Chancellor's Recent Speeches
Remarks by Dr. Charles B. Reed
Thank you, President Ortiz – and thanks to you and your staff for all the work that you did in putting together this event.
Last fall the California State University came out with an important report on the impact that our university system has on the many industries around California. We were able to quantify the impact that our 23 campuses have around the state – and it’s a major impact. But we also learned that a great deal of the information was a surprise to many people.
Many people don’t realize the vast impact that our university system has on our state. So we decided to have a series of conversations, like this one, with our industry leaders around the state.
We convened today’s session because want to learn from you how we can prepare more students to work in tourism and hospitality. We chose Cal Poly Pomona as the site for this discussion because of the prominence of the Collins School – and because it embodies the diversity of our dynamic state.
CSU Impact and Contributions
I’d like to begin with a few words on the California State University. The CSU is the country’s largest four-year university system with nearly 400,000 students.
It is the most diverse, with minority enrollment at over 53 percent, and it is one of the most affordable, with some of the lowest student fees in the country.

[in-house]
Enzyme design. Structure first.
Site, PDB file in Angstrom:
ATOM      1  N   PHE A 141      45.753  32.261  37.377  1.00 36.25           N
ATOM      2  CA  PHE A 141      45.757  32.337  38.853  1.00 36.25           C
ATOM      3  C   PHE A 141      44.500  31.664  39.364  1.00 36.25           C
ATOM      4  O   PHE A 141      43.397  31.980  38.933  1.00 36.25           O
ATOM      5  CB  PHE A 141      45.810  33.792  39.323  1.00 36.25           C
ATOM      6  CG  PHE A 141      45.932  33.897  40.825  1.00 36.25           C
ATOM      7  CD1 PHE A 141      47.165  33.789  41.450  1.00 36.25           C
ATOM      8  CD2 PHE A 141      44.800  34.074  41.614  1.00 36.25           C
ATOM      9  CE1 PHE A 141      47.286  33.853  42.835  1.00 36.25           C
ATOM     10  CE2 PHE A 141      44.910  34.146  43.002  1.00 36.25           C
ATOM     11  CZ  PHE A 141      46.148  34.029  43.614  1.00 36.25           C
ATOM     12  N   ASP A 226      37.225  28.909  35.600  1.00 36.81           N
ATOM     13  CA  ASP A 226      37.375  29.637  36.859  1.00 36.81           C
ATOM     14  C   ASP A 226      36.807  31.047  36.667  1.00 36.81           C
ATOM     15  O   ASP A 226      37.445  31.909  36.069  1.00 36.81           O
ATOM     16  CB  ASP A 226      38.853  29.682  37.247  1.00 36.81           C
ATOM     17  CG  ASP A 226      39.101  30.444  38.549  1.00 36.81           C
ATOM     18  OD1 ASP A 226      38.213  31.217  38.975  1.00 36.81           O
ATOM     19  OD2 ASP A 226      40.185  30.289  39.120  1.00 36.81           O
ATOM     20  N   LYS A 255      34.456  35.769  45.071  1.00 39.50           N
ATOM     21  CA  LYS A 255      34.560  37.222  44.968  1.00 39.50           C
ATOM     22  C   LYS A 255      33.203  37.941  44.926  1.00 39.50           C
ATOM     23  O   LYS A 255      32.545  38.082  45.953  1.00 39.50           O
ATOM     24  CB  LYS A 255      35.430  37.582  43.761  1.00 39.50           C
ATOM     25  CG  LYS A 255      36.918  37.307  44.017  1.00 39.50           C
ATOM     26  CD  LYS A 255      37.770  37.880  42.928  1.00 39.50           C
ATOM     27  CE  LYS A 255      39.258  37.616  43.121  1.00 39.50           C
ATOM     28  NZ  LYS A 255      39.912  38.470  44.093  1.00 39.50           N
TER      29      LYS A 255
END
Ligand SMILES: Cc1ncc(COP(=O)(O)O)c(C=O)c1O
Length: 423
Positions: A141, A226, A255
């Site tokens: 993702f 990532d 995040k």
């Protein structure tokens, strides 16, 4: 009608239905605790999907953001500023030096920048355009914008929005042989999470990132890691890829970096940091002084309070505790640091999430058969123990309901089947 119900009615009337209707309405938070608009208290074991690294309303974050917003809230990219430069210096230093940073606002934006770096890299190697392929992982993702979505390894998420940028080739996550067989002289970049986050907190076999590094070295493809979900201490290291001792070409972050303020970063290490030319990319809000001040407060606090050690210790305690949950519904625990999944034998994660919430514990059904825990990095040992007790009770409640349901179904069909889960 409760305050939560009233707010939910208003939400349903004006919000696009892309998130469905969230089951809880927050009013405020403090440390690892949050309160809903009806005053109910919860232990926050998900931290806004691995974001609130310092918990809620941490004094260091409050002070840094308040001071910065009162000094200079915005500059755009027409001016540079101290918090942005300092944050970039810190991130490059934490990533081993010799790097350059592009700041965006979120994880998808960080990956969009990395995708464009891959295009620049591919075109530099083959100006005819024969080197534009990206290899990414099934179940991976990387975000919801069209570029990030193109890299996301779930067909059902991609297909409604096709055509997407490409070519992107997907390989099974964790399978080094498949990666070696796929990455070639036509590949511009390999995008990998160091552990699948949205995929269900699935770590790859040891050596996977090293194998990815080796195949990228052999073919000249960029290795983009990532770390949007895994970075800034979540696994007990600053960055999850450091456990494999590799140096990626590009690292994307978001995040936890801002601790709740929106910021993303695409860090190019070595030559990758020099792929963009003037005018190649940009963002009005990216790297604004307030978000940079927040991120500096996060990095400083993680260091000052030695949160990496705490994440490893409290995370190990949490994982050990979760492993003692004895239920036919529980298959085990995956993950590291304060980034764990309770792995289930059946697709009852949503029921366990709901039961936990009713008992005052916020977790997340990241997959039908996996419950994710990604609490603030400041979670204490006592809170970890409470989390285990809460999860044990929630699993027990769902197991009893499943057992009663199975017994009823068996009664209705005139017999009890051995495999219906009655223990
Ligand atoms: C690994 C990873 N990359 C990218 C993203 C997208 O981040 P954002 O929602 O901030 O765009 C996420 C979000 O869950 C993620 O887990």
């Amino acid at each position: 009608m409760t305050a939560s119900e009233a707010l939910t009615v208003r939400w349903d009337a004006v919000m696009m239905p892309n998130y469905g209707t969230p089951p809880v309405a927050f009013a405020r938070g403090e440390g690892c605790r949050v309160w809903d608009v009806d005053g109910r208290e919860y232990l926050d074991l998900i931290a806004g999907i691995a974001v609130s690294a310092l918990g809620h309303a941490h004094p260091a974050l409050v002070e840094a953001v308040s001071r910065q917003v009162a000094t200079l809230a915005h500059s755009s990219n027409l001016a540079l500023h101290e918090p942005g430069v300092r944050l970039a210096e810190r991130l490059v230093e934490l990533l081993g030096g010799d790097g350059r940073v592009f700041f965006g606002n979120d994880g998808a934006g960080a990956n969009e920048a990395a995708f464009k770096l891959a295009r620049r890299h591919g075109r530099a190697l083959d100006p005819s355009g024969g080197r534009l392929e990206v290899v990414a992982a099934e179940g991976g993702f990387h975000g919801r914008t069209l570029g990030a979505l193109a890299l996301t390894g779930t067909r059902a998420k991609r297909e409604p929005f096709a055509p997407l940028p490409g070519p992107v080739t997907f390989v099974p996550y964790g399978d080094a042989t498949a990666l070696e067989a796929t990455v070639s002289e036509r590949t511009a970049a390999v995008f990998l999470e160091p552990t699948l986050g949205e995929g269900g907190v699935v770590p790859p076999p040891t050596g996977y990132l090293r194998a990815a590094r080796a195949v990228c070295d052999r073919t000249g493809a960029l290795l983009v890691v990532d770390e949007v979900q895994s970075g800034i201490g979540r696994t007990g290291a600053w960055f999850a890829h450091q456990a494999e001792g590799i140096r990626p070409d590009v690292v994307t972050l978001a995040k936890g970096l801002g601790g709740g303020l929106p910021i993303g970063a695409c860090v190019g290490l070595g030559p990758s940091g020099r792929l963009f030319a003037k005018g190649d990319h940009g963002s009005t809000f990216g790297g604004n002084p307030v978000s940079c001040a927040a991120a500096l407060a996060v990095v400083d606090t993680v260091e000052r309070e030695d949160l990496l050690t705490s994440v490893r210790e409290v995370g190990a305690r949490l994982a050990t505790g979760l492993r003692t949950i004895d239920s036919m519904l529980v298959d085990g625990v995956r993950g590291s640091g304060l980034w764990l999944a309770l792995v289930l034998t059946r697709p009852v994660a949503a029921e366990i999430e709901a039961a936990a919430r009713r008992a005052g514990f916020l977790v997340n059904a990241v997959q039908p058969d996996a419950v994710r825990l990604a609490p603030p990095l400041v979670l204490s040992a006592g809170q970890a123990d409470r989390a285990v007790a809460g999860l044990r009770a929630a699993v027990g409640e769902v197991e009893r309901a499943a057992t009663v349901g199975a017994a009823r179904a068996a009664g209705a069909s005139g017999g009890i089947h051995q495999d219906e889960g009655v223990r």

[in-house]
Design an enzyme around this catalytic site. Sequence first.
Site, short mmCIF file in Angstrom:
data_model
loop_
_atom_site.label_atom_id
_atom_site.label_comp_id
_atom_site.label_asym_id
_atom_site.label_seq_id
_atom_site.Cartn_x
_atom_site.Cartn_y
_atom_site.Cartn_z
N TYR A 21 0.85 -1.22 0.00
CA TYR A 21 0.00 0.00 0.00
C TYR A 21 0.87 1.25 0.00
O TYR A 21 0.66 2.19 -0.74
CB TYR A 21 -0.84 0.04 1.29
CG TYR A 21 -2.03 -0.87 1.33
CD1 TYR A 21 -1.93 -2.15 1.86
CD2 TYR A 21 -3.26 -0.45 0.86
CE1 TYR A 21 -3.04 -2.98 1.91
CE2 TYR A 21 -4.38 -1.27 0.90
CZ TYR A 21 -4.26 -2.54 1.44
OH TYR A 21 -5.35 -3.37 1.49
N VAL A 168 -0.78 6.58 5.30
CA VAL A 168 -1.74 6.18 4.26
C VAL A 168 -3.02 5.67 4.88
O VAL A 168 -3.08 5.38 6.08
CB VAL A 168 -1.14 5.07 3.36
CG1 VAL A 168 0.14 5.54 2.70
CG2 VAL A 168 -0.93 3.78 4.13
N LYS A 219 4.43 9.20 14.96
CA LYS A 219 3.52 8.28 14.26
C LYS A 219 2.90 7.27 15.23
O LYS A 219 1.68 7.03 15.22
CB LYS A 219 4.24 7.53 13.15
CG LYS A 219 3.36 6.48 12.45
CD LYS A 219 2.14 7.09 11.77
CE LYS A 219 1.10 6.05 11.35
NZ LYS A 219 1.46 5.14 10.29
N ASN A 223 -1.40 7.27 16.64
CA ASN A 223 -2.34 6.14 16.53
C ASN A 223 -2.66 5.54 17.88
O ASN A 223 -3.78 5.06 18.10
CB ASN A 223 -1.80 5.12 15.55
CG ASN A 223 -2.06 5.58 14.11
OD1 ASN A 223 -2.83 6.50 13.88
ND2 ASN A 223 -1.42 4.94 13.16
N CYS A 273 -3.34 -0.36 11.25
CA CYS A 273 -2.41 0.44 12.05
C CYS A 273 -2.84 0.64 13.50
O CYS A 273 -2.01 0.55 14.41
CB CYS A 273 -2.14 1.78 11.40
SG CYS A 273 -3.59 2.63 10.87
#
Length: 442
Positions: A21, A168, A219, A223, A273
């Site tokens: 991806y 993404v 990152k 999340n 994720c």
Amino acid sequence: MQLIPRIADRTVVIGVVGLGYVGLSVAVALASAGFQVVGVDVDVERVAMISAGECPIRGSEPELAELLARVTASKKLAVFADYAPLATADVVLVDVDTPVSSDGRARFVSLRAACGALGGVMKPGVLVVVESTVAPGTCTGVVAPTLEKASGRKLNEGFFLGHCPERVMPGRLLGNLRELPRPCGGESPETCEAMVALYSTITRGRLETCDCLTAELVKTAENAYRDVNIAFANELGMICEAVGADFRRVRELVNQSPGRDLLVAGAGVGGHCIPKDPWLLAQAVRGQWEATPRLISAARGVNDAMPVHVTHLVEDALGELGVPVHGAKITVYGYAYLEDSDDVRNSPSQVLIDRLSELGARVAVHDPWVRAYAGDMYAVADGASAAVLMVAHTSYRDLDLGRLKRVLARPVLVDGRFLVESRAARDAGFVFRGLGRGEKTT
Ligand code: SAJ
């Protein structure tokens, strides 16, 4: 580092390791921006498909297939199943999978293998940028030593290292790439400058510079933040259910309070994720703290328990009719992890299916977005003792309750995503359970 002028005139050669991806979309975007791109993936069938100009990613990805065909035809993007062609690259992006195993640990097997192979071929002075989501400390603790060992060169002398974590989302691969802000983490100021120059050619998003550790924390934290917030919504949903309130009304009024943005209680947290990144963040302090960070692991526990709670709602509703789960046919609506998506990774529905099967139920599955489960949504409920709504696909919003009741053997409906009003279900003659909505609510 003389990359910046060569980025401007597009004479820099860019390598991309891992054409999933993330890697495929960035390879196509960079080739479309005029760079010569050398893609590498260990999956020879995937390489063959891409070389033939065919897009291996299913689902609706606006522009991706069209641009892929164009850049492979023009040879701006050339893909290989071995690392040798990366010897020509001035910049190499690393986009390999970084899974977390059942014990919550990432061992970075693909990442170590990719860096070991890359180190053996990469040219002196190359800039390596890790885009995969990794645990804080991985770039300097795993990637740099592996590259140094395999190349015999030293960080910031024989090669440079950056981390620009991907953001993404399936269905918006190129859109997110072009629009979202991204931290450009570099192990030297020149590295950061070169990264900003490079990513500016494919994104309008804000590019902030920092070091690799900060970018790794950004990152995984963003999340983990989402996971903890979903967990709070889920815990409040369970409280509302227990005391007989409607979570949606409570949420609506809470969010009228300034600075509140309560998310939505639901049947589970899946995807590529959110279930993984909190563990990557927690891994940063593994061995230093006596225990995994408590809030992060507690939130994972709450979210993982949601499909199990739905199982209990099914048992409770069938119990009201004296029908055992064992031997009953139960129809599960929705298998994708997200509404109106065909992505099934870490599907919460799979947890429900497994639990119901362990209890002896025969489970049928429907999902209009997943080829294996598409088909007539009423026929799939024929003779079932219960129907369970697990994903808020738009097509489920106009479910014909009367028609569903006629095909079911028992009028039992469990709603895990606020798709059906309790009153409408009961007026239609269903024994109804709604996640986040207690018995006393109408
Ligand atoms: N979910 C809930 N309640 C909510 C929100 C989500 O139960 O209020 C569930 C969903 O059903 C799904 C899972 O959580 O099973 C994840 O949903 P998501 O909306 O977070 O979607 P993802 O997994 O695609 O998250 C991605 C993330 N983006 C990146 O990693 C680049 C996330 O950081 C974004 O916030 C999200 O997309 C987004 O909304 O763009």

The CSU graduates nearly 80,000 students each year into California's workforce.
We prepare 58 percent of California’s Hispanic graduates, 52 percent of its African-American graduates, 53 percent of its Native American graduates, and 39 percent of its Asian/Pacific Islander graduates.
CSU-related expenditures create over $13 billion in economic impact. We support over 207,000 jobs in California. The state reaps a four-fold benefit from every dollar it invests in the CSU.
The CSU also surpasses all other universities in California when it comes to preparing students for the workforce. The CSU prepares the most students in industries such as engineering, business, agriculture, criminal justice, social work, public administration, and education.
We all know that the strength of California’s tourism industry relies upon a highly trained hospitality workforce. But not many people are aware of the major impact that the CSU has on the tourism industry.
Systemwide, the CSU produces 76 percent of the total degrees in tourism and natural resources. This includes 100 percent of the state’s degrees in specialized areas such as natural resources management and policy, wildlife and wildlands management, and parks, recreation and leisure studies.
In other key areas of tourism such as hospitality services management, the CSU produces the vast majority of graduates – 160 out of the state’s 193 graduates in that field.
Here at the Collins School, which is consistently ranked among the top programs in North America, more than 90 percent of each year's graduating class accepts management positions before graduation.
Working with Industry
We are always looking for ways that we can work more closely with our
partner industries and help our students become better prepared for the
I hope that you will help us brainstorm on ways that the CSU and its campuses can partner with your companies on scholarships, internships, career fairs, job shadowing, or job placement assistance.
We anticipate that this can be just the beginning of an ongoing discussion of how we can better prepare students for this field – and continue to strengthen California’s tourism industry.
I am looking forward to hearing from all of you during our discussion.
Thank you again for joining us here today.